A
B
C
Fig. 2
appearance of final scar in facial surgery plays a keyrole also in emergency department. When the primary closure is not possible, flaps, grafts or other techniques should be used. If it’s necessary Z-plasty can be
used to avoid retractions. Where a plastic surgeon is not
available, regardless of the surgical specialty, every surgeon has to engage to obtain the most aesthetically pleasing incision and the best surgical scar in a polytrauma
patient presenting a facial injury.
la prima causa di traumi facciali. Le difficoltà nella riparazione di tali lesioni sono dovute alla potenziale perdita di armonia tra le subunità estetiche e funzionali del
viso. L’obiettivo del nostro articolo è enfatizzare la ricostruzione estetica del volto in emergenza nei pazienti politraumatizzati, anche in stato di coma. In letteratura infatti la ricostruzione dei tessuti molli del viso nel politraumatizzato è poco discussa, in quanto quasi tutti gli
autori si sono concentrati sul trattamento delle fratture.
Presentiamo 13 casi di soggetti politraumatizzati (7 uomini e 6 donne), di età compresa tra 16 e 65 anni, con
lesioni dei tessuti molli della faccia, trattati in emergenza nel nostro dipartimento, nelle prime 24h dall’incidente, tra febbraio 2003 e dicembre 2007. La riparazione delle lesioni è stata effettuata con diverse tecniche
chirurgiche. Il risultato finale è stato sempre ritenuto
soddisfacente dai pazienti; si è ottenuta armonia e proporzione tra le varie subunità estetiche del viso. La faccia è la parte anatomica del corpo umano più visibile,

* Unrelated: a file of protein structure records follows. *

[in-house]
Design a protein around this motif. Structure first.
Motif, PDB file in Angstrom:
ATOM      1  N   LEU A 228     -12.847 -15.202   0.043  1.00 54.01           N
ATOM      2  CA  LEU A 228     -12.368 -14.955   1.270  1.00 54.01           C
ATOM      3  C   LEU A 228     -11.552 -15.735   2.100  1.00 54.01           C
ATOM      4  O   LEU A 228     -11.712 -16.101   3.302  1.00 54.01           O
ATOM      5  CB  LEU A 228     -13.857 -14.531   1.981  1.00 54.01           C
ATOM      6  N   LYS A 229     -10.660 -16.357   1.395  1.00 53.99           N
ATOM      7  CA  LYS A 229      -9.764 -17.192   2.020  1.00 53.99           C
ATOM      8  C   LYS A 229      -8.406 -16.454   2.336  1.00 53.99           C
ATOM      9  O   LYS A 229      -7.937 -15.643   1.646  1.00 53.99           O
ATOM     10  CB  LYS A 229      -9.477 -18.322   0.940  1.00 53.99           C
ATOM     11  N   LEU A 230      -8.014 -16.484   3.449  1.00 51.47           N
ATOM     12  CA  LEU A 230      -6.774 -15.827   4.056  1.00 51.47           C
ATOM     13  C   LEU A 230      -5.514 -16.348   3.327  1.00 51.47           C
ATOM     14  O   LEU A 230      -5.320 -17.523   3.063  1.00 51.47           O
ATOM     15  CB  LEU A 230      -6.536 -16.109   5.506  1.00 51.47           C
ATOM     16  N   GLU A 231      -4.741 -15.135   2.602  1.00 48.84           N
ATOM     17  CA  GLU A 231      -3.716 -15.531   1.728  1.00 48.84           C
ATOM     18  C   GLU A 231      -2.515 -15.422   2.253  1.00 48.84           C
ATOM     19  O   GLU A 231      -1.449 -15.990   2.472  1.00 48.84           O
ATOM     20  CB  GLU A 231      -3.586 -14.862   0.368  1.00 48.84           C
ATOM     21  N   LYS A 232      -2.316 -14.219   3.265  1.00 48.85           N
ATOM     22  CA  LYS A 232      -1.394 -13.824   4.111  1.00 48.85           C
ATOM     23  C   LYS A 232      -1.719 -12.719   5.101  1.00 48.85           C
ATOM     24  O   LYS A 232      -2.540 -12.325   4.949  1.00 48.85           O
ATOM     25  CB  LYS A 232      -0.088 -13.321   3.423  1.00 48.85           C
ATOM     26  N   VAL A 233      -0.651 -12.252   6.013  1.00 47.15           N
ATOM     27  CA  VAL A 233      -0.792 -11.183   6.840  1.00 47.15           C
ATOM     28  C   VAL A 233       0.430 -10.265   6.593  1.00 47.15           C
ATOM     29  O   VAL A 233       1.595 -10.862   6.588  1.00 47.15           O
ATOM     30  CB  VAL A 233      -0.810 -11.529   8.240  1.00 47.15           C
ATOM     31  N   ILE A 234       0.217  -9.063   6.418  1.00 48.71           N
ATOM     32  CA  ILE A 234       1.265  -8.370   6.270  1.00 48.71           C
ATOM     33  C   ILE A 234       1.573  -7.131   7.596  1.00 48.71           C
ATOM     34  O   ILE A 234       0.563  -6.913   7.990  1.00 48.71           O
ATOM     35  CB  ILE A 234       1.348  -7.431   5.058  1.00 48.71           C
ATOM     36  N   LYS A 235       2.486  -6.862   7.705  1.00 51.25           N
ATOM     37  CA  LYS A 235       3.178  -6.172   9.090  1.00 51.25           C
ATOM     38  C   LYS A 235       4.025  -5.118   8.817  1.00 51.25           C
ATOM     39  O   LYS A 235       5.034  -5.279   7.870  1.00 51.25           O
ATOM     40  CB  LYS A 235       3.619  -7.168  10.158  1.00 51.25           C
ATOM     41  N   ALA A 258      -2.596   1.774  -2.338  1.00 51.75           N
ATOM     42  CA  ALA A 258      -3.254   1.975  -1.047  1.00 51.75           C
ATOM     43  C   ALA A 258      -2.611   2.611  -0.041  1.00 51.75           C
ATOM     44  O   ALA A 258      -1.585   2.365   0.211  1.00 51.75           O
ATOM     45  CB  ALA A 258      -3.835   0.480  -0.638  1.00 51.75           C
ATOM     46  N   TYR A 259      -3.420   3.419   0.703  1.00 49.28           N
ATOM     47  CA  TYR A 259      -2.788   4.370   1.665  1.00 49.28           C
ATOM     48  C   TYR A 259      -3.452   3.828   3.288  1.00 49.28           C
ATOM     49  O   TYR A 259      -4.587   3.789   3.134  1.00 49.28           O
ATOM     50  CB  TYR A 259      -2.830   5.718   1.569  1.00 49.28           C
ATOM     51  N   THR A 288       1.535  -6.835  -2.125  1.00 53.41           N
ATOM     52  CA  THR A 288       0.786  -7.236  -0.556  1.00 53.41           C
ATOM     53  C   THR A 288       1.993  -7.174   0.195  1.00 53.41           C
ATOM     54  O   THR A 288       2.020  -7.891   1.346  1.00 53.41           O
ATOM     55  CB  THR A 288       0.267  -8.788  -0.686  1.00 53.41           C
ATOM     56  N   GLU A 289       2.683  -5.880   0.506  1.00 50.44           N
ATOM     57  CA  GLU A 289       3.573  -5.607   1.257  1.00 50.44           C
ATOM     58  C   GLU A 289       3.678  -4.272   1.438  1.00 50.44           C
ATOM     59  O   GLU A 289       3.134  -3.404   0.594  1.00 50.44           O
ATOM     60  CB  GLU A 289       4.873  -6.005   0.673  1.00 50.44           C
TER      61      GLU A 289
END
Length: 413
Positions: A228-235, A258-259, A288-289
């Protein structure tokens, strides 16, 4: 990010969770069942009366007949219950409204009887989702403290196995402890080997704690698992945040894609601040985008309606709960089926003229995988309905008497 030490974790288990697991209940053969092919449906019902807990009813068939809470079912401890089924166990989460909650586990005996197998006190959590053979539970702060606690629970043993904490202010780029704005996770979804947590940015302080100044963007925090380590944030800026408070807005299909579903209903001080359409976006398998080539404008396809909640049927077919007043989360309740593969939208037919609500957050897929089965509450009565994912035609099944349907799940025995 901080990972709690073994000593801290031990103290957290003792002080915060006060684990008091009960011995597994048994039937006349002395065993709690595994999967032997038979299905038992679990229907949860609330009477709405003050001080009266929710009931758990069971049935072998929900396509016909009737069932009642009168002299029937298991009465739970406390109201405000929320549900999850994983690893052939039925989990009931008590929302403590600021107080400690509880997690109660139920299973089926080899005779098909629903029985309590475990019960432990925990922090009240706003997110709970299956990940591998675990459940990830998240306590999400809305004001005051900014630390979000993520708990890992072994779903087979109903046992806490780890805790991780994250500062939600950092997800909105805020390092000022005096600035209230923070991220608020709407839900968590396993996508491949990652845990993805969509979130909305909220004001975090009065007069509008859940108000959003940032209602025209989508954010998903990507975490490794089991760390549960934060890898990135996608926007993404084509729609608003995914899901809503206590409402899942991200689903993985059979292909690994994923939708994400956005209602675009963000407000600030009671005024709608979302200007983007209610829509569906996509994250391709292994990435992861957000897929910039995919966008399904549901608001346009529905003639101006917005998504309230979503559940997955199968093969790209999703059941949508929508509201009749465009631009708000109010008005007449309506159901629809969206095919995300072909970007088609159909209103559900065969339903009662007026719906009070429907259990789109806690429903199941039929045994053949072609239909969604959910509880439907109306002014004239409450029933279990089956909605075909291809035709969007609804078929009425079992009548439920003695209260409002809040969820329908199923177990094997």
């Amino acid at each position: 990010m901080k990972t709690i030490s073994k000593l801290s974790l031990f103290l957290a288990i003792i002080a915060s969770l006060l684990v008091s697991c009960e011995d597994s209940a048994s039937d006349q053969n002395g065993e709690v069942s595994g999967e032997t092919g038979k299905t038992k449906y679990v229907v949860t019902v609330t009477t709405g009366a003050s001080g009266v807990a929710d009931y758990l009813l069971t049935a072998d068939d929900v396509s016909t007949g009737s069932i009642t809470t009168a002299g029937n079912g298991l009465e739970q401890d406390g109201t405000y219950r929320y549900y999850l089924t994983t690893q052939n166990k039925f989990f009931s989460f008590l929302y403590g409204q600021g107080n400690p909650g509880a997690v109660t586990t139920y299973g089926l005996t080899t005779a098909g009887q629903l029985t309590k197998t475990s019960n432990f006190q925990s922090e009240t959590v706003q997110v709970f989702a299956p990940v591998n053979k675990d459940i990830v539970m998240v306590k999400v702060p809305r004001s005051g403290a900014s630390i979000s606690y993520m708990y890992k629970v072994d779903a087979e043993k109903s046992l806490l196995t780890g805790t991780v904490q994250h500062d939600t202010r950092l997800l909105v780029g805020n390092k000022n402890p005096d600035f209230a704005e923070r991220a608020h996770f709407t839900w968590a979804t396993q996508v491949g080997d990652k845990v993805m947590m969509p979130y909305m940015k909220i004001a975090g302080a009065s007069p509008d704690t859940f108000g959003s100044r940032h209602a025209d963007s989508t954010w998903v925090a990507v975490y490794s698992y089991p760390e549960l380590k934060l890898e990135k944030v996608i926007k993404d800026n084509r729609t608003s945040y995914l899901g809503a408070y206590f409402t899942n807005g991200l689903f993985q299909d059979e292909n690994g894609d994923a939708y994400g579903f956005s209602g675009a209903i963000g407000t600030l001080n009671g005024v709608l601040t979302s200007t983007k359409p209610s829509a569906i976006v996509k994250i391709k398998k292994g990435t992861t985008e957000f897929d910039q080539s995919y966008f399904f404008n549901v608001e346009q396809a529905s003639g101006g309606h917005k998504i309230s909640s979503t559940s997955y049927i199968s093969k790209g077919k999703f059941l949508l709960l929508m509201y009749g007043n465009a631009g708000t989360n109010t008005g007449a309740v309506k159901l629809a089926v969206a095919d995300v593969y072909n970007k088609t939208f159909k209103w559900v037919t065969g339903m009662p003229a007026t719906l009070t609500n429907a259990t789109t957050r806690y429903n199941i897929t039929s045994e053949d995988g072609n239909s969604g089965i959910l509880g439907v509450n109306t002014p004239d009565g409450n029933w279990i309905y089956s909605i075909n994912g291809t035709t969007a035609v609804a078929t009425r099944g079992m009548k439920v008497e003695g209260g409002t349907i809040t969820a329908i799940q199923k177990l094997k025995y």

pertanto i chirurghi devono porre particolare attenzione
finanche alla ricostruzione estetica del volto nel soggetto politraumatizzato; non è raro che un paziente risvegliatosi da un coma, in seguito ad un grosso trauma, sia
quasi solo interessato all’aspetto del proprio volto, dimenticando di aver rischiato la vita.
Conclusions
Bibliografia
Fig. 3
The face is the first most visible part of the human
anatomy5, so surgeons must pay special attention to
devising any plan for the reconstruction of the face in
polytrauma patients. Unbelievably it’s not rare that a
polytrauma patient with soft tissue injuries of the face,
waked up from coma, asks a mirror, only concentrated
on how normal facial appearance is after surgery, ignoring he has risked his life.
Riassunto
Le lesioni del volto sono frequentemente associate a lesioni dei tessuti molli. Gli incidenti stradali rappresentano
1) Manson PN: Reconstruction of Traumatic Cutaneous Facial Defects.
Operative Techniques in Plastic and Reconstructive surgery, 1998; 5
(4):368-78.
2) Bose D, Tejwani NC: Evolving trends in the care of polytrauma
patients. Injury Int J Care Injured, 2006; 37:20-28.
3) Stahel PF, Heyde CE, Wolfang E: Current Concepts of Polytrauma
Management. Eur J Trauma, 2005; 31:200-11.
4) Robertson B, Manson PN: The importance of serial debridement
and “second look” procedures in high-energy ballistic and avulsive facial
injuries. Operative Techniques in Plastic and Reconstructive surgery,
1998; 5 (3):236-45.
5) Fattahi TT: An Overview of Facial Aesthetic Units. J Oral
Maxillofac Surg, 2003; 61:1207-211.